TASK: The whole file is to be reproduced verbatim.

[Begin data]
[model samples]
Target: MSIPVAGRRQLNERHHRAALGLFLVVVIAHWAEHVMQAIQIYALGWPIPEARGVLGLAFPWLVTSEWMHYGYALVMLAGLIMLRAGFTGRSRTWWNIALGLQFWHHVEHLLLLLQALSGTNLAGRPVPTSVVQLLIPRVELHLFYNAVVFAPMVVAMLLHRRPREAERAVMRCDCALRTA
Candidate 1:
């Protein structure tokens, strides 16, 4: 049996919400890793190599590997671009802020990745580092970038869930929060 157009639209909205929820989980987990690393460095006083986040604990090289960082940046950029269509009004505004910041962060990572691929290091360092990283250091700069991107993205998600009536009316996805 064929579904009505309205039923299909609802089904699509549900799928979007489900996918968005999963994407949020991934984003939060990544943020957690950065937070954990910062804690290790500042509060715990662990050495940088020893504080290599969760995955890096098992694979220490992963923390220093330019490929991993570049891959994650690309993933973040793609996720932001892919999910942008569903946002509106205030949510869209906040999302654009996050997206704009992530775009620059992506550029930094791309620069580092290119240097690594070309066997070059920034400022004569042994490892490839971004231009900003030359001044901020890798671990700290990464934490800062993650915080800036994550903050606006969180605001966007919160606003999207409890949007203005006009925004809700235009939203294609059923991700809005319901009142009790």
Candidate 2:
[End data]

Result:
[model samples]
Target: MSIPVAGRRQLNERHHRAALGLFLVVVIAHWAEHVMQAIQIYALGWPIPEARGVLGLAFPWLVTSEWMHYGYALVMLAGLIMLRAGFTGRSRTWWNIALGLQFWHHVEHLLLLLQALSGTNLAGRPVPTSVVQLLIPRVELHLFYNAVVFAPMVVAMLLHRRPREAERAVMRCDCALRTA
Candidate 1:
């Protein structure tokens, strides 16, 4: 049996919400890793190599590997671009802020990745580092970038869930929060 157009639209909205929820989980987990690393460095006083986040604990090289960082940046950029269509009004505004910041962060990572691929290091360092990283250091700069991107993205998600009536009316996805 064929579904009505309205039923299909609802089904699509549900799928979007489900996918968005999963994407949020991934984003939060990544943020957690950065937070954990910062804690290790500042509060715990662990050495940088020893504080290599969760995955890096098992694979220490992963923390220093330019490929991993570049891959994650690309993933973040793609996720932001892919999910942008569903946002509106205030949510869209906040999302654009996050997206704009992530775009620059992506550029930094791309620069580092290119240097690594070309066997070059920034400022004569042994490892490839971004231009900003030359001044901020890798671990700290990464934490800062993650915080800036994550903050606006969180605001966007919160606003999207409890949007203005006009925004809700235009939203294609059923991700809005319901009142009790």
Candidate 2: